In “Move it or Lose it”, one of my first blog posts, I shared the virtues of embracing change as a key lesson to a beginner gardener. This lesson has served me well over the past five years as I’ve come to understand my garden better and learned more about gardening.
I bought my house five years ago and I’ve said goodbye to plenty of plants that came with the house (ugh, those cotoneasters!). For the most part, the unsightliness, impracticality or death of the plant made removing them an easy decision. There is one plant, let’s call it my Charlie Brown Rhododendron, that I’ve hemmed and hawed about removing for years.
Yesterday Charlie Brown went into the yard waste bin.
It was time. In retrospect, I think I held onto Charlie out of sheer stubbornness because Matthew The Lents Farmer told me I should get rid of it the same day we took out the bamboo. Also, I am sucker for an underdog so I swore I would save Charlie Brown and resuscitate the poor thing from the brink of death!
Fast forward four years and Charlie Brown recovered well. Perhaps too well because it was getting to a point where I was going to have to chose between trimming the Magnolia ‘Bracken’s Brown Beauty’ or removing Charlie Brown. Sorry Charlie.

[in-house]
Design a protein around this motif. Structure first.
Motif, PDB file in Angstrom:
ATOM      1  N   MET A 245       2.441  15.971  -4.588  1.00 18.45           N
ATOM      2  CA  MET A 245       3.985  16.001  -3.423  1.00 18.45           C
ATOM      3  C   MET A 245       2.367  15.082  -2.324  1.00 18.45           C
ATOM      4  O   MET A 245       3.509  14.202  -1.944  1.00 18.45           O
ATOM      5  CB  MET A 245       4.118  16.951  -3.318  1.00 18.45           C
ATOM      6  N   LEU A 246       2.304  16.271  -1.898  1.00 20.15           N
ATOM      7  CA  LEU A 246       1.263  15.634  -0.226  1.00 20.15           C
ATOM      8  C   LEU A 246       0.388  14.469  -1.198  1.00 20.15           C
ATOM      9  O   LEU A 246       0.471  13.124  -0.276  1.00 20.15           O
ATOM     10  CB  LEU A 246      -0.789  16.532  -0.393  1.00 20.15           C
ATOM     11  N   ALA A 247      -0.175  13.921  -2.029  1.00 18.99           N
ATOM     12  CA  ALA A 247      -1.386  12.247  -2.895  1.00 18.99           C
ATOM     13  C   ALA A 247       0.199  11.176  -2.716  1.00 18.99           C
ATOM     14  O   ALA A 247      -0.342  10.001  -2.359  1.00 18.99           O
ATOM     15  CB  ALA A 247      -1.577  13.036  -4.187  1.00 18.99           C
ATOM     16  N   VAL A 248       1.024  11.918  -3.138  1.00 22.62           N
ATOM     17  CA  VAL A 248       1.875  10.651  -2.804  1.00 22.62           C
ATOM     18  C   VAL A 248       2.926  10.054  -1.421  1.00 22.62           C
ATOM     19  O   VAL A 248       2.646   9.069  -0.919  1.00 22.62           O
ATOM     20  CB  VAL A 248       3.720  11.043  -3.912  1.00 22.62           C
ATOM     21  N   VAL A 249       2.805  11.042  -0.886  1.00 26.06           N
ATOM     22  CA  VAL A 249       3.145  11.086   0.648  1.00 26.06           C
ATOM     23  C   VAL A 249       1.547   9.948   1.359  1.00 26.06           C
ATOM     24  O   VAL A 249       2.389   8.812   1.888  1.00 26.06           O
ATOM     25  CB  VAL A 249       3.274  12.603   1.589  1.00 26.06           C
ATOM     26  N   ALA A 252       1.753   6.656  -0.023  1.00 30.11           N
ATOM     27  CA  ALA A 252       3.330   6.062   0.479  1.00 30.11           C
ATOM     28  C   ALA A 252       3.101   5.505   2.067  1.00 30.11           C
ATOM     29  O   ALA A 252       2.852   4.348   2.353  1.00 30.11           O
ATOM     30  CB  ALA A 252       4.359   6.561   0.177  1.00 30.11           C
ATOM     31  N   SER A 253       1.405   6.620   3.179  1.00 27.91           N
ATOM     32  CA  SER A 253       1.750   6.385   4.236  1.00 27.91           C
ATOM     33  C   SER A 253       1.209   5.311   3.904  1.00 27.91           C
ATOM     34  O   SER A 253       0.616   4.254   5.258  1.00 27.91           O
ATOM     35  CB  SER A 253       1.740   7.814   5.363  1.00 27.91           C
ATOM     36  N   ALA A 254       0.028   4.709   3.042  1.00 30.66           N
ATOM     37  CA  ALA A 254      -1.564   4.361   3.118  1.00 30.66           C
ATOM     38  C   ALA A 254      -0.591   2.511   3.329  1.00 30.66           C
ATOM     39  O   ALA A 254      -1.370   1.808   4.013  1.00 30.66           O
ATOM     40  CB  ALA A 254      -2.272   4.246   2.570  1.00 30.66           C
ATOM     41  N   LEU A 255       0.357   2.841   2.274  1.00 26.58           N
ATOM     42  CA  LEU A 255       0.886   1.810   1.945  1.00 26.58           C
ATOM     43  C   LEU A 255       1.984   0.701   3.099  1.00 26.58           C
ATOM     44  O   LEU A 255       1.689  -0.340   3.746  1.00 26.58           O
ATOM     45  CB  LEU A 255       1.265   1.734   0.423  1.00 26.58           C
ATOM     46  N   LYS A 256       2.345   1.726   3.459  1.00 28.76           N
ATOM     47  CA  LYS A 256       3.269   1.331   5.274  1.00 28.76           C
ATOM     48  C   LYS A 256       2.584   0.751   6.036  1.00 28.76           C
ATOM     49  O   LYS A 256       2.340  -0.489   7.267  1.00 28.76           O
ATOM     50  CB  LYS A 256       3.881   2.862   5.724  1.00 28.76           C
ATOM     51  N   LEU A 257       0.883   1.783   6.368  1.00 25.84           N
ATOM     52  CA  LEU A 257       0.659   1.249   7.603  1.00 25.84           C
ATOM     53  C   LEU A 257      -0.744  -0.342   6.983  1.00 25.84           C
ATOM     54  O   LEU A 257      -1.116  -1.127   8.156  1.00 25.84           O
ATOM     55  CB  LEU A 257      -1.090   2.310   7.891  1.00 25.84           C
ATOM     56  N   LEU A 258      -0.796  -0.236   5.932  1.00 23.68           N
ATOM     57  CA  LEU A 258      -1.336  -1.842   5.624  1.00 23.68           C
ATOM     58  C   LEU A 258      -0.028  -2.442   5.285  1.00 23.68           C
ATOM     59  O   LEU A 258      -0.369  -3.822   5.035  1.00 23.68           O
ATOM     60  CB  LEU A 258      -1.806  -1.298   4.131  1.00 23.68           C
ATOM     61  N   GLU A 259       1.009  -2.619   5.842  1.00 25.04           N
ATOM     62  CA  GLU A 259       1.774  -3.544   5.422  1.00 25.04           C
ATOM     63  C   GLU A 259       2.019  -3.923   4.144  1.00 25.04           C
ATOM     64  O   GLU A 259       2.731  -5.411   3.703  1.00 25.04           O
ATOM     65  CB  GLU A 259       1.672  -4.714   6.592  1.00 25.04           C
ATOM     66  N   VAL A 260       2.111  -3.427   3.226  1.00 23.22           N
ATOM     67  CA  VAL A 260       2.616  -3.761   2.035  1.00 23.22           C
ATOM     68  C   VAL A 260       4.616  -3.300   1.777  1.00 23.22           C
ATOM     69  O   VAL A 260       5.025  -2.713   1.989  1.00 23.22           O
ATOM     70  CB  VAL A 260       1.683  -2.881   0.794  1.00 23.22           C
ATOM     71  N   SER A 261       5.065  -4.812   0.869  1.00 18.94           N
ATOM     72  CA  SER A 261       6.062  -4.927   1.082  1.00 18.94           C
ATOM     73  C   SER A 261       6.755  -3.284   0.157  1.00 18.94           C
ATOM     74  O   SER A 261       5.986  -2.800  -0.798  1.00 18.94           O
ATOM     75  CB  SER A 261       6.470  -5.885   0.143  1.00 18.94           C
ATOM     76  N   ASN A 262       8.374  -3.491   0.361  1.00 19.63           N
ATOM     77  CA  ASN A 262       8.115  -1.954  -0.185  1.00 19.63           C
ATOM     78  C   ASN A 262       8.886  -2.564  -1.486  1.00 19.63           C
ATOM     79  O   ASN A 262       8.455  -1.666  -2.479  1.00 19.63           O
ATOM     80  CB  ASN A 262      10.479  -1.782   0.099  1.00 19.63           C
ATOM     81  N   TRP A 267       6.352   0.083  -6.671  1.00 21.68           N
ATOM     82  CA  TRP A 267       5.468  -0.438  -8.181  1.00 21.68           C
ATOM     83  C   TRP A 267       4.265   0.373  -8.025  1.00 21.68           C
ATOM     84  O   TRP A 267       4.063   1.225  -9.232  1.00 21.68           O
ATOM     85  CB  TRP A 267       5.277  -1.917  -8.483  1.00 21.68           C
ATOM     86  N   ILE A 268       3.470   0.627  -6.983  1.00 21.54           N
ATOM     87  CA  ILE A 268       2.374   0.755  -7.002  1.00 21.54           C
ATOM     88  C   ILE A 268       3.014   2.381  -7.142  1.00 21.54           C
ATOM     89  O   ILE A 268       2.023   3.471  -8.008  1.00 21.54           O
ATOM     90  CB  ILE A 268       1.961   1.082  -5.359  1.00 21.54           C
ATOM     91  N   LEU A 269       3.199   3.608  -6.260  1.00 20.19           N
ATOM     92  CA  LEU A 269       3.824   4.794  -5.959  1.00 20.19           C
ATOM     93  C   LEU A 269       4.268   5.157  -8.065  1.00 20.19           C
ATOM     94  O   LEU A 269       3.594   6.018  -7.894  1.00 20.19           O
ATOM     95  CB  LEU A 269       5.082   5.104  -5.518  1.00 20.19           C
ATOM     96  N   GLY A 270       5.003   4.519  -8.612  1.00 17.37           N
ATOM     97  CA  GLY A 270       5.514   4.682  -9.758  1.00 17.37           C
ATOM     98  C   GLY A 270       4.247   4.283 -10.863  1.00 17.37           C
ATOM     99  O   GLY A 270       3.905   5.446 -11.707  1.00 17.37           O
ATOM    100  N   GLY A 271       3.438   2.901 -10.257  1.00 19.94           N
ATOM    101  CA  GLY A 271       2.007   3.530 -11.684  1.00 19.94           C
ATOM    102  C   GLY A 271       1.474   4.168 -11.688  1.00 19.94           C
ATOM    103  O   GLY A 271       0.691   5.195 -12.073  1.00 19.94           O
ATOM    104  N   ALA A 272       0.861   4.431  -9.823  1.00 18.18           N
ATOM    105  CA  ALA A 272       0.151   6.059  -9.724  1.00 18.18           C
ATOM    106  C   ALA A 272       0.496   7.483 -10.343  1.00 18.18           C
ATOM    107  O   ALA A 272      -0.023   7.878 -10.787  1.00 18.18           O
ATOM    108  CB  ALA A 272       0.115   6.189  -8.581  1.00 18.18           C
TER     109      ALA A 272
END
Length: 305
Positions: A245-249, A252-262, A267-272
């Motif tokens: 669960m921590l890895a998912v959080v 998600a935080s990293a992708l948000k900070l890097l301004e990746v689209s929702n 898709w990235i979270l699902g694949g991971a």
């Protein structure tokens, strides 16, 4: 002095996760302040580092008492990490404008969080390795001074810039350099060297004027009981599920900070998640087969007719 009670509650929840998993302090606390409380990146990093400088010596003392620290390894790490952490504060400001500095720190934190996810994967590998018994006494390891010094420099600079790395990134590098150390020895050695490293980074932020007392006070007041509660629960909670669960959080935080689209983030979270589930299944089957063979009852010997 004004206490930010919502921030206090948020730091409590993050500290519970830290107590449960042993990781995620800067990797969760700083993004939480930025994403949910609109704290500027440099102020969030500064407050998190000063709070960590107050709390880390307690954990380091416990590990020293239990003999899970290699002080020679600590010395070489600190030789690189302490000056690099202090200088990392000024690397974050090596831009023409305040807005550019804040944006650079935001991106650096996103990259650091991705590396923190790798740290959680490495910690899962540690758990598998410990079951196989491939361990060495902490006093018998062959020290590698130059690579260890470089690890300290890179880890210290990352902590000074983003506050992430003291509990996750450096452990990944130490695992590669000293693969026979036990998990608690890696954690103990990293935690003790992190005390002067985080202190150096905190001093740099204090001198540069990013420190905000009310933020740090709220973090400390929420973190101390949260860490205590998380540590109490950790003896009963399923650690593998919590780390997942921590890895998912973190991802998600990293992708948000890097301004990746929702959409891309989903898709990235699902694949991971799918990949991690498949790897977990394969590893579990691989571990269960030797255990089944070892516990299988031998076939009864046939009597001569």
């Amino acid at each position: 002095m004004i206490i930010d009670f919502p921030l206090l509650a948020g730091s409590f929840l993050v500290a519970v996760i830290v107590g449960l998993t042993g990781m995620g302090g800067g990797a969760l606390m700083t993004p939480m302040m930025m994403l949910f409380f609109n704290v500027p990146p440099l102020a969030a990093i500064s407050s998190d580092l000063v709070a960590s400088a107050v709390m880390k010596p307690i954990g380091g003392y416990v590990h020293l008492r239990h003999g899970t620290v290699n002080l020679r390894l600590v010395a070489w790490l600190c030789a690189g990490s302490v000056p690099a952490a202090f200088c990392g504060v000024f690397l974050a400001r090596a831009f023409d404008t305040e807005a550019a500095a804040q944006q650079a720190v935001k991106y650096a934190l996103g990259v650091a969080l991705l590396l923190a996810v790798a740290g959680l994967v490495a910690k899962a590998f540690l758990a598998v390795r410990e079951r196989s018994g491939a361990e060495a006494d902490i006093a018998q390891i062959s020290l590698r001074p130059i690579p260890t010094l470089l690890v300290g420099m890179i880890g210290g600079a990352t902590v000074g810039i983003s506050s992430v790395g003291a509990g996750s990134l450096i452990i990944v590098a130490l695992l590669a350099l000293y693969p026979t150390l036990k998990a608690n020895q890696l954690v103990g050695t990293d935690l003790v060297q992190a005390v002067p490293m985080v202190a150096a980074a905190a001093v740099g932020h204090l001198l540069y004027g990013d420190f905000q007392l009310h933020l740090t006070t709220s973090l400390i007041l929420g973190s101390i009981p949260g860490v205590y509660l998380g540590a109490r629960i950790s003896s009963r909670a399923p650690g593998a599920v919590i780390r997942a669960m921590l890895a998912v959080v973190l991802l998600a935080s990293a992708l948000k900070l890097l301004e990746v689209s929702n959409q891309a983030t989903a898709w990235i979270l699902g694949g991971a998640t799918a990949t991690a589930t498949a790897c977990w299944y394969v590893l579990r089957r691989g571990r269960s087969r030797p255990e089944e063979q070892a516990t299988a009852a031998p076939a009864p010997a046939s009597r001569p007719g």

While I loved the shade Charlie provided the driveway side of the front bed, there are other plants I’ve added over the years that are now more important to me and need more space.
It was tough for me as a beginner gardener being comfortable with negative space so I tended to over plant. This is the year I am finding myself editing so the plants I love have the room they need to thrive.
My Grevillea ‘Molonglo’ is one of those plants that has done exceptionally well and I’ve spent three years training it to go around Charlie. With Charlie gone, it can now grow in it’s natural direction and stop smothering all the disporums and heuchuras in it’s path!
I’m enjoying the open feeling and like that I can now see the opposite side of the front garden from my driveway. Everything looks a little weird now with all the perennials still dormant and with many of the evergreen shrubs only a couple years old. Pretty soon it will be an entirely different picture and I can’t wait to see how it looks!
Lessons I’ve learned from Charlie Brown
- Be comfortable with negative space
- Be patient. Things will fill in.
- Plant more evergreens. And be patient! Eventually there will be less negative space year round
- Give your plants the space that’s on the tag!!! Will I ever learn this lesson!
- Don’t be afraid to say goodbye!